Google is shutting down its Google+ social network following the disclosure of a software glitch within Google+ that resulted in the exposure of personal-profile data belonging to hundreds of thousands of Google+ users.
The glitch was live for close to three years, but Google elected to not make the breach public out of fear of regulation. This incident was first reported on Monday by the Wall Street Journal, claiming that the company chose not to disclose its findings when it first discovered and patched the bug in March 2018. The glitch was fixed and Google determined that nothing malicious was done with the leaked information.
Developers of “up to 438 applications” were able to access the personal information from users who opted to keep their details private. Information accessed in this breach includes users’ names, email addresses, occupations, gender, and age information. Google is adamant that no personal messages were accessed as a result of the bug.
The WSJ reviewed a memo arranged by Google lawyers and policy experts that cautioned that disclosing the vulnerability would cause “immediate regulatory interest” and even noted that disclosing the glitch would trigger comparisons to Facebook’s Cambridge Analytica scandal. Sundar Pichai, Google CEO, was briefed on the privacy glitch and agreed with the decision to not inform the public of the incident.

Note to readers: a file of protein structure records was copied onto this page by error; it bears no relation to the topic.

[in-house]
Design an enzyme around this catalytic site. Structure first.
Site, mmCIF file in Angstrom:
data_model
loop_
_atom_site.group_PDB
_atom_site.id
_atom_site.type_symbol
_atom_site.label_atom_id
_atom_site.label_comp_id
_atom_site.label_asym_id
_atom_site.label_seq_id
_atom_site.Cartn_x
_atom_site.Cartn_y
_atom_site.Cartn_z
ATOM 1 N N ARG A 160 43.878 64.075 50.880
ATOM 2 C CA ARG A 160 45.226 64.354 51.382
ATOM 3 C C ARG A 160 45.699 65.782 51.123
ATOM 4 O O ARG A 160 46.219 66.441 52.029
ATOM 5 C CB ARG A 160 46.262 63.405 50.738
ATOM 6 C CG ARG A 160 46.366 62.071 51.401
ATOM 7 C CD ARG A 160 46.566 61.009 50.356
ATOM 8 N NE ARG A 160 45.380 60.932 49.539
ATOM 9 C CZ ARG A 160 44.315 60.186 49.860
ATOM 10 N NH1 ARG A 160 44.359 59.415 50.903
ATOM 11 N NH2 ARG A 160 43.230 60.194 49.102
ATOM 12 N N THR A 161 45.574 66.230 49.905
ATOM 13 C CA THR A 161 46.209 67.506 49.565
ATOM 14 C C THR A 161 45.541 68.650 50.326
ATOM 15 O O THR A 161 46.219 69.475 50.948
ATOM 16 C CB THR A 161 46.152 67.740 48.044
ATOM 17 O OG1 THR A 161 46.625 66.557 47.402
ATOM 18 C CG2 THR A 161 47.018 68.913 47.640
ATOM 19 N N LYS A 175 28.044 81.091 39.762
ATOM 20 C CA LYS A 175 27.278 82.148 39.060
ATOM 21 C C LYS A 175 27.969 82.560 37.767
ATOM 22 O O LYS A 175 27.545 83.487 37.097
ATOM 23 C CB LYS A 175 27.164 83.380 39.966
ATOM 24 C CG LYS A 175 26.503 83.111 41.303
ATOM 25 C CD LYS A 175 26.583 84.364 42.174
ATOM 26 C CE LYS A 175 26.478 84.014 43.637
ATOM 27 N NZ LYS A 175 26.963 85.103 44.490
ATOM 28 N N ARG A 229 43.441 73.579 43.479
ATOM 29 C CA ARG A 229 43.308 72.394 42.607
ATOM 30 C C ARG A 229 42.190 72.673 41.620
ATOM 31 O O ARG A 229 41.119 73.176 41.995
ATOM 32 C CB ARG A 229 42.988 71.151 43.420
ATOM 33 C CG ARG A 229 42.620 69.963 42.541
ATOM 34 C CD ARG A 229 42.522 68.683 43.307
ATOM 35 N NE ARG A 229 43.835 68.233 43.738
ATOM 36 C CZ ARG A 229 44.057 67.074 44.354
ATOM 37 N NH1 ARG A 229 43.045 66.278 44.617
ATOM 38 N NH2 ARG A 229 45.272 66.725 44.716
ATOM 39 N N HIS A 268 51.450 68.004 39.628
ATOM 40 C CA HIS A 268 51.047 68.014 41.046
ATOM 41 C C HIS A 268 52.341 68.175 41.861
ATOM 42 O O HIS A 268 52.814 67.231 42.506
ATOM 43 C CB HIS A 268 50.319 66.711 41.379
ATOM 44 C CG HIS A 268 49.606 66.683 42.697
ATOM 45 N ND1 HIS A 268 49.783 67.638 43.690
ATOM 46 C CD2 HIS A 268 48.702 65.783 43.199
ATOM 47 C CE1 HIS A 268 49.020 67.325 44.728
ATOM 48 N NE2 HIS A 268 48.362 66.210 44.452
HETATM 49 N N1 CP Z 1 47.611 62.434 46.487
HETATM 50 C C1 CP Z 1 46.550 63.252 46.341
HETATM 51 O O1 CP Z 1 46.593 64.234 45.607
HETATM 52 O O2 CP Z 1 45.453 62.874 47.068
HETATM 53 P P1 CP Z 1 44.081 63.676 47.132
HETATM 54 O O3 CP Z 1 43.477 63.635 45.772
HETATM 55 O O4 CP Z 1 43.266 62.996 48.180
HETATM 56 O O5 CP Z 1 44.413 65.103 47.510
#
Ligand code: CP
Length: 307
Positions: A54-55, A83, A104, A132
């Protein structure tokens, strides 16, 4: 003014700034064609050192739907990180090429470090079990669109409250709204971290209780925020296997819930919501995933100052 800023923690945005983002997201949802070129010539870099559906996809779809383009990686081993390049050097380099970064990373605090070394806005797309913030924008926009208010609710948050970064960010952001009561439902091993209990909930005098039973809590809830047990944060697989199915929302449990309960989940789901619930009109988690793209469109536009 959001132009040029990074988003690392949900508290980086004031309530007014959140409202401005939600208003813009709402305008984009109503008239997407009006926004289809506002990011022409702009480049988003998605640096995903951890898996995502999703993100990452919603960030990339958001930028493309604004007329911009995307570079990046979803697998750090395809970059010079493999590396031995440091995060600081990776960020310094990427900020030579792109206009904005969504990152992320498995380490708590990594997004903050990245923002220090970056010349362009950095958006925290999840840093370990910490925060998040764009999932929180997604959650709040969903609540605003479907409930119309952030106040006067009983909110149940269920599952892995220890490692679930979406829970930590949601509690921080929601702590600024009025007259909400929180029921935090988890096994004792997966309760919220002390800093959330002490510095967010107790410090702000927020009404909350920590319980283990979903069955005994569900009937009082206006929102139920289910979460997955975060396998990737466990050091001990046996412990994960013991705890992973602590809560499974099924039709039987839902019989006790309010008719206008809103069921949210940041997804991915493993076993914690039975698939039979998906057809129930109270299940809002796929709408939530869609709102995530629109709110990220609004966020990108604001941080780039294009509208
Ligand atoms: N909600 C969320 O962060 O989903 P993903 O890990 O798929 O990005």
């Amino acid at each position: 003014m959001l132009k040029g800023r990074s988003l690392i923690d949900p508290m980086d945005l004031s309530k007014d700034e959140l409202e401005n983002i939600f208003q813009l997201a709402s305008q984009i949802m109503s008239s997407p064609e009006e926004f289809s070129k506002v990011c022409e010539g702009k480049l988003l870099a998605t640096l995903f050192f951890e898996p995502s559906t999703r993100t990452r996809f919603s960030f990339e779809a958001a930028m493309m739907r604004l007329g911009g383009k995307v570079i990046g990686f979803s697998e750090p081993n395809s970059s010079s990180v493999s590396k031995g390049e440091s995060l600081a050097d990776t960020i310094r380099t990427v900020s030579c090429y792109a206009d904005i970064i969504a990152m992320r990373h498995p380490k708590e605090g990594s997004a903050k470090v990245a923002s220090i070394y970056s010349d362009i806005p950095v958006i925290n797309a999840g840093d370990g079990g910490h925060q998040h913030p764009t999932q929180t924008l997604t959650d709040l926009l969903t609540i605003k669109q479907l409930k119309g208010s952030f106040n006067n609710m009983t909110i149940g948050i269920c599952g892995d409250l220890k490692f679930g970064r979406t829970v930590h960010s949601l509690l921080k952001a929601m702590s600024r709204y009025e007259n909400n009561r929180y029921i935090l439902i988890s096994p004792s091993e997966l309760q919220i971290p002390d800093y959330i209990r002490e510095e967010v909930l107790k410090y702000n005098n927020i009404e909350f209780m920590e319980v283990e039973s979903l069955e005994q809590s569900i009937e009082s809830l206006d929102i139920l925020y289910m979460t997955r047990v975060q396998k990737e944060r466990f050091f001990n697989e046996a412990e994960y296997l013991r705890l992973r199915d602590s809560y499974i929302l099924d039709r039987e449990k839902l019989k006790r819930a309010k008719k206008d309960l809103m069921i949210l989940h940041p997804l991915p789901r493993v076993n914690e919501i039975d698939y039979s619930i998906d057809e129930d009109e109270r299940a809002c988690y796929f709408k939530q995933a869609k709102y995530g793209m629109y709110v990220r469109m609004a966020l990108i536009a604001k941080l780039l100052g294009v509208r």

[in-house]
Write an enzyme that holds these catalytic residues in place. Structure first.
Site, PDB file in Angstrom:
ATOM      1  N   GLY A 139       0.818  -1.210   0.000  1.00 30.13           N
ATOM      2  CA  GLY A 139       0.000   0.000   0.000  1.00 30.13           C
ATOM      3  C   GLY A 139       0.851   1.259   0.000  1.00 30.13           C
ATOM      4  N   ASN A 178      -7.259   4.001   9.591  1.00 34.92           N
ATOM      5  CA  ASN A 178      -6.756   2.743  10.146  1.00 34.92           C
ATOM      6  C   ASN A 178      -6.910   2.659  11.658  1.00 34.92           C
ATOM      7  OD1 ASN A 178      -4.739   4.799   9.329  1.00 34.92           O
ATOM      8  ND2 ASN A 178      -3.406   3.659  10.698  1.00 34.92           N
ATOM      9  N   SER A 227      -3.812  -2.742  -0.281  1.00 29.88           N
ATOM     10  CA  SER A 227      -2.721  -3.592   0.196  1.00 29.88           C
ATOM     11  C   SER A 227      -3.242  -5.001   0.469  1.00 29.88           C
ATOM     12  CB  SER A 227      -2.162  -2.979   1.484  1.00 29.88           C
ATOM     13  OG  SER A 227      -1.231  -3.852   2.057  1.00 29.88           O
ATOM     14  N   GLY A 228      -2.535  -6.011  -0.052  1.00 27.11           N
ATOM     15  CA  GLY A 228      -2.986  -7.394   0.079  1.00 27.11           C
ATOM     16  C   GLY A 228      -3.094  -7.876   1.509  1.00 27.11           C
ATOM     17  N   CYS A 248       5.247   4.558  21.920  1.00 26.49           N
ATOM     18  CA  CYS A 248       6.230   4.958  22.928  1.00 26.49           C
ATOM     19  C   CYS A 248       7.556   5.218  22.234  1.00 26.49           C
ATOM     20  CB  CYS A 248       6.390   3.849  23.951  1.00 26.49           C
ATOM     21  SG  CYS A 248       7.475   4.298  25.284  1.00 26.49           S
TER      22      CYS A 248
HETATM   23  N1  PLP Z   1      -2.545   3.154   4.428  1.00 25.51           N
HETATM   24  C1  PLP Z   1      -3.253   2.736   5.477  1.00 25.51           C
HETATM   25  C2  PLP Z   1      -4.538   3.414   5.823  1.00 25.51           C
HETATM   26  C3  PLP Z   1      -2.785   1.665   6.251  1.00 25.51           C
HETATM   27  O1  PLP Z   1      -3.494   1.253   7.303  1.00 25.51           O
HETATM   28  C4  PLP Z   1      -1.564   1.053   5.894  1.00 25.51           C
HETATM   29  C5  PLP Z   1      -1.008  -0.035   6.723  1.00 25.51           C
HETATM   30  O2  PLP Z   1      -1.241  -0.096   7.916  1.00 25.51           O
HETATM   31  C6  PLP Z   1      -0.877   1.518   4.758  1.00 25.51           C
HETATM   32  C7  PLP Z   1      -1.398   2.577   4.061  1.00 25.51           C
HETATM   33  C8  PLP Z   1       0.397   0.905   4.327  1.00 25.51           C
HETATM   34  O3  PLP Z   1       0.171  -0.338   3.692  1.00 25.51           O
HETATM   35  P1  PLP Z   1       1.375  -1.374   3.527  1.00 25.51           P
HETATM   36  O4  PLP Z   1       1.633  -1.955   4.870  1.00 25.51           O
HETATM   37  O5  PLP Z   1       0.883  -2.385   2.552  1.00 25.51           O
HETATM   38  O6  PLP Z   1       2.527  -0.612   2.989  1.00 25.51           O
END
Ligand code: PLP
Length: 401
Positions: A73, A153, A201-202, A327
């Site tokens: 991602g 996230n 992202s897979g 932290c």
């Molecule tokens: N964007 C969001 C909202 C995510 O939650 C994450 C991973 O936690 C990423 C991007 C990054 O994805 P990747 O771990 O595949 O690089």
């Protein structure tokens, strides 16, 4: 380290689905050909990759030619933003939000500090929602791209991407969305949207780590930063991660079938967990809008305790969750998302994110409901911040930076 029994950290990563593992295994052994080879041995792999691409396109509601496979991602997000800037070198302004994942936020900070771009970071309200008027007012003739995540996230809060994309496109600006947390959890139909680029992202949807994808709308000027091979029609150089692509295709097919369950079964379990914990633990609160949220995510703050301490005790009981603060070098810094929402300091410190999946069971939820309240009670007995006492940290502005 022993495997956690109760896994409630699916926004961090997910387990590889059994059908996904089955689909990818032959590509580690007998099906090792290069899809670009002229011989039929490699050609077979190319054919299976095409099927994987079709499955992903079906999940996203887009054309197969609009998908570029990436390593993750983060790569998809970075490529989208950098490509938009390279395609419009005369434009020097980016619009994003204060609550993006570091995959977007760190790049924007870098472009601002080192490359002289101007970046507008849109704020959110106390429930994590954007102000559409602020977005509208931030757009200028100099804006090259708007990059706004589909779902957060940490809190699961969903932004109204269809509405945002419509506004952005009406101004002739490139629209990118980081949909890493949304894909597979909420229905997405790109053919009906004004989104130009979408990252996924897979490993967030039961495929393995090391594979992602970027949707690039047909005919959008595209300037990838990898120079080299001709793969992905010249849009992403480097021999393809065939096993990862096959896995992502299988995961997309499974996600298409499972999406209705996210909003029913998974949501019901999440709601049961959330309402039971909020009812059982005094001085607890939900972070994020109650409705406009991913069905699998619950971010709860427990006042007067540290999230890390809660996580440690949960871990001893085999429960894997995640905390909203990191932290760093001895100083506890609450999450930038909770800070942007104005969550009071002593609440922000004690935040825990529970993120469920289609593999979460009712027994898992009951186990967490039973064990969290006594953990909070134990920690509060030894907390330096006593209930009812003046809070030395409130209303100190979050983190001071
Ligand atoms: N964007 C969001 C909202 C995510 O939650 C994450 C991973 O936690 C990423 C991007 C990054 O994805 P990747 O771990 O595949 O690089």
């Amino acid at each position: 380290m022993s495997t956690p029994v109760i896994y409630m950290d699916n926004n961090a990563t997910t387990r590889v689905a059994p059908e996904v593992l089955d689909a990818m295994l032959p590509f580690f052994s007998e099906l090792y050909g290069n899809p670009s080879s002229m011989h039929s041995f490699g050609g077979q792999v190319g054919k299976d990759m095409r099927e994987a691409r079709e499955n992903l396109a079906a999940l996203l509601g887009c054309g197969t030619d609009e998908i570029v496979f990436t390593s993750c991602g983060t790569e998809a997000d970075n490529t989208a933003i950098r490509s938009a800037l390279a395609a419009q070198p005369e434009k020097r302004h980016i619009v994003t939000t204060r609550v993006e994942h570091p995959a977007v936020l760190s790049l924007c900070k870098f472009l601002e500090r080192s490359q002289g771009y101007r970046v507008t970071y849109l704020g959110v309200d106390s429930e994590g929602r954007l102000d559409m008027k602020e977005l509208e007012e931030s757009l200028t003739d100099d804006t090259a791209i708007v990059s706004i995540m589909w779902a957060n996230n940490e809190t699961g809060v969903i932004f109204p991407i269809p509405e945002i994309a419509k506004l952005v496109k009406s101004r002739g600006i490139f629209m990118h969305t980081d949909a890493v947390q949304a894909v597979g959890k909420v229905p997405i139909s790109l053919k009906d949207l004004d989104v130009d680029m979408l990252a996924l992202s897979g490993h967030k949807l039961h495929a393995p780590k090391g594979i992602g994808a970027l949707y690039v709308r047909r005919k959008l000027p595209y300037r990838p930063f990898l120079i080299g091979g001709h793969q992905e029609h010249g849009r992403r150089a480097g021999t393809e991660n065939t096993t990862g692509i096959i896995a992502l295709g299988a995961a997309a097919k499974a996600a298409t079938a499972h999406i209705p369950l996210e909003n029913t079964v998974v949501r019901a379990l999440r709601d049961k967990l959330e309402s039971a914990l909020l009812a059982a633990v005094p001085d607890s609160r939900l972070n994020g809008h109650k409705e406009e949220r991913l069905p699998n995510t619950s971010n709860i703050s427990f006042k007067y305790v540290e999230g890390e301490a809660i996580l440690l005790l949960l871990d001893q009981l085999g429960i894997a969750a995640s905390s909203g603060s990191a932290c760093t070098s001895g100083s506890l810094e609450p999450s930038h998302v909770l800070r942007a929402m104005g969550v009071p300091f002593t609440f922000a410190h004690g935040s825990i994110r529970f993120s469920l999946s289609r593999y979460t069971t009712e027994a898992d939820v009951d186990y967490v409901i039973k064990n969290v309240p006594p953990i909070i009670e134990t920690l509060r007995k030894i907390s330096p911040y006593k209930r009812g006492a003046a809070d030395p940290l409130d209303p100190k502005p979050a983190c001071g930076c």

Google's latest blog post does not directly address the security incident, but it does claim the company has taken on an effort called Project Strobe that would review third-party developer access to Google accounts and Android device data.
Google has since announced plans to shut down the consumer version of Google+. The service will be shut down over the next 10 months, with the final shut-down planned for August 2019. Google tried to play down the security incident by confessing the platform failed to gain traction beyond a small fan base. The company claimed, “The consumer version of Google+ currently has low usage and engagement: 90 percent of Google+ user sessions are less than five seconds.”